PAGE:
In January 2021, Vietnamese Prime Minister Nguyen Xuan Phuc praised China’s fight against the pandemic at home and abroad. He said that learning from its experience in handling Severe Acute Respiratory Syndrome (SARS), China would secure an early victory against the epidemic.[30] Although Vietnam and China have forged cooperation on the COVID-19, deep distrust remains.[31] A Vietnamese government official reportedly said that “the Chinese government won’t give out accurate numbers, so we can’t simply accept what they tell us.”[32] The pandemic crisis accentuates the competition between Vietnam and China, from sovereignty disagreements in the South China Sea to economic disputes.[33]

China’s vaccine diplomacy in promoting vaccine multilateralism since late 2020 and making vaccine a global public good, has been applauded. To some analysts, China’s vaccine diplomacy aims to “increase China’s global influence and iron out…geopolitical issues” or “advance its regional agenda, particularly on sensitive issues such as its claims in the South China Sea”.[34]Addressing the Lancang-Mekong Cooperation summit in August 2020, Chinese Premier Li Keqiang pledged that China would prioritise providing COVID-19 vaccines to Mainland Southeast Asian countries.[35] The regional countries have responded positively, except for Vietnam which seeks other sources of vaccine.

In January 2021, Thailand announced plans to purchase two million doses of Sinovac vaccine. There are three phases of delivery: 200,000 doses to arrive by February 2021, another 800,000 doses to arrive by March, and 1 million in April. In January, China promised Myanmar 300,000 doses of vaccines. In February, Lao PDR received 300,000 doses of vaccines developed by China National Pharmaceutical Group (Sinopharm). Cambodia has received 1.3 million doses of vaccine from China (which arrived in March and April) and is going to receive another 1 million doses in 2021. Vietnam is reluctant to administer Chinese vaccines, with some leaders raising concerns over transparency and legitimacy relating to China’s vaccine diplomacy in the region,[36] while others remain sceptical of China’s intentions.[37]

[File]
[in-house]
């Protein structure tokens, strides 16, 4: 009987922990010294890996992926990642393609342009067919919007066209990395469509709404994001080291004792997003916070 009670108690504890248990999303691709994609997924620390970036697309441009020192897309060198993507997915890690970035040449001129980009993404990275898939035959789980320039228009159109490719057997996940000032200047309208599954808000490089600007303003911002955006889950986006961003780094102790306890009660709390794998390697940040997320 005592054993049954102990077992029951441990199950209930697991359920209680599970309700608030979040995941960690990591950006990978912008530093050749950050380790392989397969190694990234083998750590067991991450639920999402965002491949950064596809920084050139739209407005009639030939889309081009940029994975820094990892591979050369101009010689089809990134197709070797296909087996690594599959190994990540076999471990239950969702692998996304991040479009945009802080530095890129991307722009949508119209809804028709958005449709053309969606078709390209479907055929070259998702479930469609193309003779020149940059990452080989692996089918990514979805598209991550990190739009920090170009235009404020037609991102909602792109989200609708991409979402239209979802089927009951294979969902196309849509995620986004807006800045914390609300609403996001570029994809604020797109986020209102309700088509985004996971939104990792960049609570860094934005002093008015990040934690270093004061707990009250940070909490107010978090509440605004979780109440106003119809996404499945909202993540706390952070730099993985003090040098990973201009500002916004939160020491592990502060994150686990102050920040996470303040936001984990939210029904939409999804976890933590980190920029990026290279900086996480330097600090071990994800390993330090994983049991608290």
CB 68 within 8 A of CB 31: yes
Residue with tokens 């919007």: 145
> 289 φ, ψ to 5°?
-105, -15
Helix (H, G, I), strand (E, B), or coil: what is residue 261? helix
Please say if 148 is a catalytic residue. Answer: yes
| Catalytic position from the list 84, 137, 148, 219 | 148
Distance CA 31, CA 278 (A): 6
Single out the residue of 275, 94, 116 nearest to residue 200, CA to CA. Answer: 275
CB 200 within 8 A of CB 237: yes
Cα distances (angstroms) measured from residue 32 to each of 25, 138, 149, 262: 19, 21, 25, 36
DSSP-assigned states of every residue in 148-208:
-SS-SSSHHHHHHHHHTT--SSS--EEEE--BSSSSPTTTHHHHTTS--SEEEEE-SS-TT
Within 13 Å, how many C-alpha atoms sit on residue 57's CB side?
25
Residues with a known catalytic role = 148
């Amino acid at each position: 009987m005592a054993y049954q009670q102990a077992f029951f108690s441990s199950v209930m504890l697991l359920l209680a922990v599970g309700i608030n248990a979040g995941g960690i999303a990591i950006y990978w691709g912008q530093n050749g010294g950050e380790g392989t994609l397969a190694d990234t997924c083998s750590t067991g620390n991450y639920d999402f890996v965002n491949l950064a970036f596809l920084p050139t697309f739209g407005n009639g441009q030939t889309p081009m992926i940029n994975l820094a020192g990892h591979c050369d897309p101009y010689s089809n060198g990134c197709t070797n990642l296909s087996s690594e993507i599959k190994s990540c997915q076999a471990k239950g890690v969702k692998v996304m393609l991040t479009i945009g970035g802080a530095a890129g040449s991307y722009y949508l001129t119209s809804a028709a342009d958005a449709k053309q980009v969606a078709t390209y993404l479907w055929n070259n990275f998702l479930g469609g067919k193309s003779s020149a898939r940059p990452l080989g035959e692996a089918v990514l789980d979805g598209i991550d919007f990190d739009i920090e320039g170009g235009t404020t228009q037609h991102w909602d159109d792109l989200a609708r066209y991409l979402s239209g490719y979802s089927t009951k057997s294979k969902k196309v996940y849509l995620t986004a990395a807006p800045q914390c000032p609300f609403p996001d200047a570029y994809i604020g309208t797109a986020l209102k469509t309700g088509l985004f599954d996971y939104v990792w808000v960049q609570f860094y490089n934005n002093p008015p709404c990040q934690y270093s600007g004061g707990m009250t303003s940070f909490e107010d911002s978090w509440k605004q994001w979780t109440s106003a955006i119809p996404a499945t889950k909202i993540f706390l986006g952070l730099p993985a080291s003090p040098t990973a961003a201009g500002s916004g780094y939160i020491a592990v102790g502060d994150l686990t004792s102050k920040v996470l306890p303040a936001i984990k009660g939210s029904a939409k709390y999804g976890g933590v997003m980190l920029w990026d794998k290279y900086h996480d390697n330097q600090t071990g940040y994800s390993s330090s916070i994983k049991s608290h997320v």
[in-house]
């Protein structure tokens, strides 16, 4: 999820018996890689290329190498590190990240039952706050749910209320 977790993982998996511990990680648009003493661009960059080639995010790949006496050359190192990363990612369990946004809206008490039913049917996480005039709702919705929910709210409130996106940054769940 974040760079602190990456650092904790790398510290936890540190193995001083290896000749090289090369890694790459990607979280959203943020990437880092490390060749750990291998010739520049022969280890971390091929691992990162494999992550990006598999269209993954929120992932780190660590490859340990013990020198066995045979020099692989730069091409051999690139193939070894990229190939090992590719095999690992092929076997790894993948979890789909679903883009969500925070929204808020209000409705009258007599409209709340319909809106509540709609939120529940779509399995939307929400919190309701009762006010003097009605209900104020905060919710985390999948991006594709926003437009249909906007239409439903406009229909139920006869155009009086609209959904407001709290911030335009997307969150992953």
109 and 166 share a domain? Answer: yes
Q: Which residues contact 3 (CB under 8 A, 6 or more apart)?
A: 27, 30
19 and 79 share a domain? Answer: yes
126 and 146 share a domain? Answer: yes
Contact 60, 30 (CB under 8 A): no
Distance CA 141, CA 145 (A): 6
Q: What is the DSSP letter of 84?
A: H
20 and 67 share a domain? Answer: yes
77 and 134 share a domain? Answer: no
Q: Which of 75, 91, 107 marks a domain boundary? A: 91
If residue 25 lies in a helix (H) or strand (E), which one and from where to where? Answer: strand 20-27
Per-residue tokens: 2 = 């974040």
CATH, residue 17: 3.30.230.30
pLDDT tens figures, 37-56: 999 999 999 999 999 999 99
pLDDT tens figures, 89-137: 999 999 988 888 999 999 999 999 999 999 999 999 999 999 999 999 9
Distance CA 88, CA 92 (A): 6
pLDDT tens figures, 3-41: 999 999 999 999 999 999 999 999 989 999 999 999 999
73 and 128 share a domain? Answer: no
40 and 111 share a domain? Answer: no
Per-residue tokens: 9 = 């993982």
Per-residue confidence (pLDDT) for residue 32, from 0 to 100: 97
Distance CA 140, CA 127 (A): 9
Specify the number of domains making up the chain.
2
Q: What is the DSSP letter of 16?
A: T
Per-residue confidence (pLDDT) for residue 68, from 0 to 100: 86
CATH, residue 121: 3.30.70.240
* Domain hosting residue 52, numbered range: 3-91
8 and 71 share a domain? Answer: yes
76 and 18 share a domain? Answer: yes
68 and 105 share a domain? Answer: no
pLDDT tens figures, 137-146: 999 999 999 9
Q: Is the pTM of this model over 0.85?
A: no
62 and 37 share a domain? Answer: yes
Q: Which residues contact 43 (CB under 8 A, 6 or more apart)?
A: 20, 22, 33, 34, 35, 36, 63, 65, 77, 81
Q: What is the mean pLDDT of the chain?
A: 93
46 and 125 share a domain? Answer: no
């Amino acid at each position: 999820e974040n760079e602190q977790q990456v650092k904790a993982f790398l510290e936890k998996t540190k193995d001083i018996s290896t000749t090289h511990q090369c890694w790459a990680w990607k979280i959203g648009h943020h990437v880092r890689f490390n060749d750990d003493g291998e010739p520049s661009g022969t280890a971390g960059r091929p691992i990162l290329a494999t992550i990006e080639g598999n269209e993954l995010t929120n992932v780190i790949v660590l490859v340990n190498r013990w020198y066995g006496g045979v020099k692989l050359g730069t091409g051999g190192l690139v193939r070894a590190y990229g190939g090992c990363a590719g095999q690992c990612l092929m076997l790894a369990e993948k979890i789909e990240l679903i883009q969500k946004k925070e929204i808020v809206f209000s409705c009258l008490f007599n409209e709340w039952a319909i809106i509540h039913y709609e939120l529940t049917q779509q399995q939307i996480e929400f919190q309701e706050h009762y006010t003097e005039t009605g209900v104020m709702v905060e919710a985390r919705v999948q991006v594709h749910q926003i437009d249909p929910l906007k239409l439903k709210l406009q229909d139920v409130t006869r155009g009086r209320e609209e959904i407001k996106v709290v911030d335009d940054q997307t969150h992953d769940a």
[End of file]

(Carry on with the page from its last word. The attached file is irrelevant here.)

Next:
CONCLUSION

China has transformed the COVID-19 crisis into a window of opportunity to boost its soft power through sharing information and knowledge, providing medical supplies, deploying medical teams, and providing vaccines. China’s soft power has been slightly enhanced, based on the perception of policy makers or ruling elites, and its geopolitical influence has increased in Mainland Southeast Asia. The regional countries have applauded and appreciated China for successfully curbing the pandemic outbreak, for the provision of COVID-19 assistance, and for the promotion of vaccine diplomacy. Nevertheless, there are some concerns with regard to China’s strategic intentions.

Cambodia and Lao PDR are the most receptive to China’s assistance, without much questioning of China’s strategic intention. Thailand and Myanmar are also positive towards China, while Vietnam remains the most sceptical towards China’s regional intention, due to the lingering tensions in the South China Sea and relatively high anti-China national sentiments in Vietnam. The prospect of China’s soft power in the region will continue to rise thanks to its economic resources and to its coalition building on international issues such as the COVID-19 pandemic. But there are remaining concerns over China’s strategic intentions. Although China is generally regarded as the most influential economic power in the region, its growing assertive or even dominant behaviour will produce a backflow to its goodwill diplomacy and soft power projection.

ISEAS Perspective 2021/66, 10 May 2021


ENDNOTES

[1] Silver, Laura; Devlin, Kat; and Huang, Christine (2020) Unfavourable views of China reach historic highs in many countries. Pew Research Center, https://www.pewresearch.org/global/2020/10/06/unfavorable-views-of-china-reach-historic-highs-in-many-countries

[2] Lye, Liang Fook (2020) The fight against COVID-19: China’s shifting narrative and Southeast Asia. ISEAS Perspective No. 26. Singapore: ISEAS-Yusof Ishak Institute.